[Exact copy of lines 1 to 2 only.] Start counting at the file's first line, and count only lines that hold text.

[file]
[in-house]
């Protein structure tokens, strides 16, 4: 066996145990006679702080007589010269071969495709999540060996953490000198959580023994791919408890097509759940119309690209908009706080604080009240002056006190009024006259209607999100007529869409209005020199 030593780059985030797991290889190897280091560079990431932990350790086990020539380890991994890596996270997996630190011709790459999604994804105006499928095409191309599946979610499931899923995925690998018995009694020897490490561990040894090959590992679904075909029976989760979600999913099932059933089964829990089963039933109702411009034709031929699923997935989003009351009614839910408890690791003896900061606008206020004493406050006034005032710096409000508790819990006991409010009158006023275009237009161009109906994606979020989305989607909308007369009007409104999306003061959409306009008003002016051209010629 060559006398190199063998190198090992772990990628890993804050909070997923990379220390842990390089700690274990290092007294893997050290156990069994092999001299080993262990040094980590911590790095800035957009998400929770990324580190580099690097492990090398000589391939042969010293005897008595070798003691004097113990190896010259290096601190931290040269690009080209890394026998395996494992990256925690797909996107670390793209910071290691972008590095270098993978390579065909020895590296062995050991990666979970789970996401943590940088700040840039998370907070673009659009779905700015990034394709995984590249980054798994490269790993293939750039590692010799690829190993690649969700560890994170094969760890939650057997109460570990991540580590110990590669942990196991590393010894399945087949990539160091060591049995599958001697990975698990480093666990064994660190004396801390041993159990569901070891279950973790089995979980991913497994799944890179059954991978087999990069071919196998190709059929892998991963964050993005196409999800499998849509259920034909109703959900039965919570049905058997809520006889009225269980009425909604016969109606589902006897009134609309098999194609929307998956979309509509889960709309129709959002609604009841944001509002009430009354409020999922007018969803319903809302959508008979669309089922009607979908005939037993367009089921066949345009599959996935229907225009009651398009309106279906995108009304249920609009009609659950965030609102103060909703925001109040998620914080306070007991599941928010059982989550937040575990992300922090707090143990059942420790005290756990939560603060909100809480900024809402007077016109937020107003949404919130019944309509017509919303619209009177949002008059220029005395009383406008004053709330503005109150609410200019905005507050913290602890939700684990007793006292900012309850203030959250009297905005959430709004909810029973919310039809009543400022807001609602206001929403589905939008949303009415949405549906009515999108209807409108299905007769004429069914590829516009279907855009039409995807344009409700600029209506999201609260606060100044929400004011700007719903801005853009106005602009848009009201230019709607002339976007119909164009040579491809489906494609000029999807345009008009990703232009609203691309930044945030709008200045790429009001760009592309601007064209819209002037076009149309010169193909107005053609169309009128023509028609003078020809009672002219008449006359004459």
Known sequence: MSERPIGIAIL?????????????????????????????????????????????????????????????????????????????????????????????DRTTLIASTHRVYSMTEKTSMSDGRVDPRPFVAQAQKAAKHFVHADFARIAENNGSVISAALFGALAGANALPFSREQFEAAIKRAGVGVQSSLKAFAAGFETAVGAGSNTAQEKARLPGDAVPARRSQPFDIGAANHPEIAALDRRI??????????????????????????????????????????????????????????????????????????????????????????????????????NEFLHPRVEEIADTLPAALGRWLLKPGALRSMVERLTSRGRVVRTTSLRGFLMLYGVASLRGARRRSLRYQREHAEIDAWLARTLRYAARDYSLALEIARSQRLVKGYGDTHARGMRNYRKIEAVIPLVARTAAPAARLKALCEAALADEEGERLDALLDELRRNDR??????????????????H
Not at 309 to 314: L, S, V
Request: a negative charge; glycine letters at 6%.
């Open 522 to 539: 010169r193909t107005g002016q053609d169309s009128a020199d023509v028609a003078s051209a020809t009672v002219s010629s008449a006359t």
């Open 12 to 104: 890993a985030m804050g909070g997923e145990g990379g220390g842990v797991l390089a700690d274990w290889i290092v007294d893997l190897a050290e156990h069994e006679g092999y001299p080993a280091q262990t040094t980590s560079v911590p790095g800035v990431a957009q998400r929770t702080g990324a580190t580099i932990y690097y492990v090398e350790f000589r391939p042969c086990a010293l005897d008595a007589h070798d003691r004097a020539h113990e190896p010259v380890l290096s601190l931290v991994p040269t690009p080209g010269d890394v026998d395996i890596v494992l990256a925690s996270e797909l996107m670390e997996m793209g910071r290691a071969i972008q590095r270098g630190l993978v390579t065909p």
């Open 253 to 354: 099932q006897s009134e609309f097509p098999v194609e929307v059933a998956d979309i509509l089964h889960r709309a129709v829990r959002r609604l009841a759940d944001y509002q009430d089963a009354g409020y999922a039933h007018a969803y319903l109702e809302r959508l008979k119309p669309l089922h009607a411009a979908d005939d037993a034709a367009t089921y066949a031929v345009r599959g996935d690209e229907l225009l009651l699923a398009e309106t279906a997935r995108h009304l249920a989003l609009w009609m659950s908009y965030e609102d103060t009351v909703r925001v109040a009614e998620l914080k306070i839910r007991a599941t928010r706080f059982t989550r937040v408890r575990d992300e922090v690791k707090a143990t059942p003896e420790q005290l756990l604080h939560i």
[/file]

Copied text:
[in-house]
């Protein structure tokens, strides 16, 4: 066996145990006679702080007589010269071969495709999540060996953490000198959580023994791919408890097509759940119309690209908009706080604080009240002056006190009024006259209607999100007529869409209005020199 030593780059985030797991290889190897280091560079990431932990350790086990020539380890991994890596996270997996630190011709790459999604994804105006499928095409191309599946979610499931899923995925690998018995009694020897490490561990040894090959590992679904075909029976989760979600999913099932059933089964829990089963039933109702411009034709031929699923997935989003009351009614839910408890690791003896900061606008206020004493406050006034005032710096409000508790819990006991409010009158006023275009237009161009109906994606979020989305989607909308007369009007409104999306003061959409306009008003002016051209010629 060559006398190199063998190198090992772990990628890993804050909070997923990379220390842990390089700690274990290092007294893997050290156990069994092999001299080993262990040094980590911590790095800035957009998400929770990324580190580099690097492990090398000589391939042969010293005897008595070798003691004097113990190896010259290096601190931290040269690009080209890394026998395996494992990256925690797909996107670390793209910071290691972008590095270098993978390579065909020895590296062995050991990666979970789970996401943590940088700040840039998370907070673009659009779905700015990034394709995984590249980054798994490269790993293939750039590692010799690829190993690649969700560890994170094969760890939650057997109460570990991540580590110990590669942990196991590393010894399945087949990539160091060591049995599958001697990975698990480093666990064994660190004396801390041993159990569901070891279950973790089995979980991913497994799944890179059954991978087999990069071919196998190709059929892998991963964050993005196409999800499998849509259920034909109703959900039965919570049905058997809520006889009225269980009425909604016969109606589902006897009134609309098999194609929307998956979309509509889960709309129709959002609604009841944001509002009430009354409020999922007018969803319903809302959508008979669309089922009607979908005939037993367009089921066949345009599959996935229907225009009651398009309106279906995108009304249920609009009609659950965030609102103060909703925001109040998620914080306070007991599941928010059982989550937040575990992300922090707090143990059942420790005290756990939560603060909100809480900024809402007077016109937020107003949404919130019944309509017509919303619209009177949002008059220029005395009383406008004053709330503005109150609410200019905005507050913290602890939700684990007793006292900012309850203030959250009297905005959430709004909810029973919310039809009543400022807001609602206001929403589905939008949303009415949405549906009515999108209807409108299905007769004429069914590829516009279907855009039409995807344009409700600029209506999201609260606060100044929400004011700007719903801005853009106005602009848009009201230019709607002339976007119909164009040579491809489906494609000029999807345009008009990703232009609203691309930044945030709008200045790429009001760009592309601007064209819209002037076009149309010169193909107005053609169309009128023509028609003078020809009672002219008449006359004459």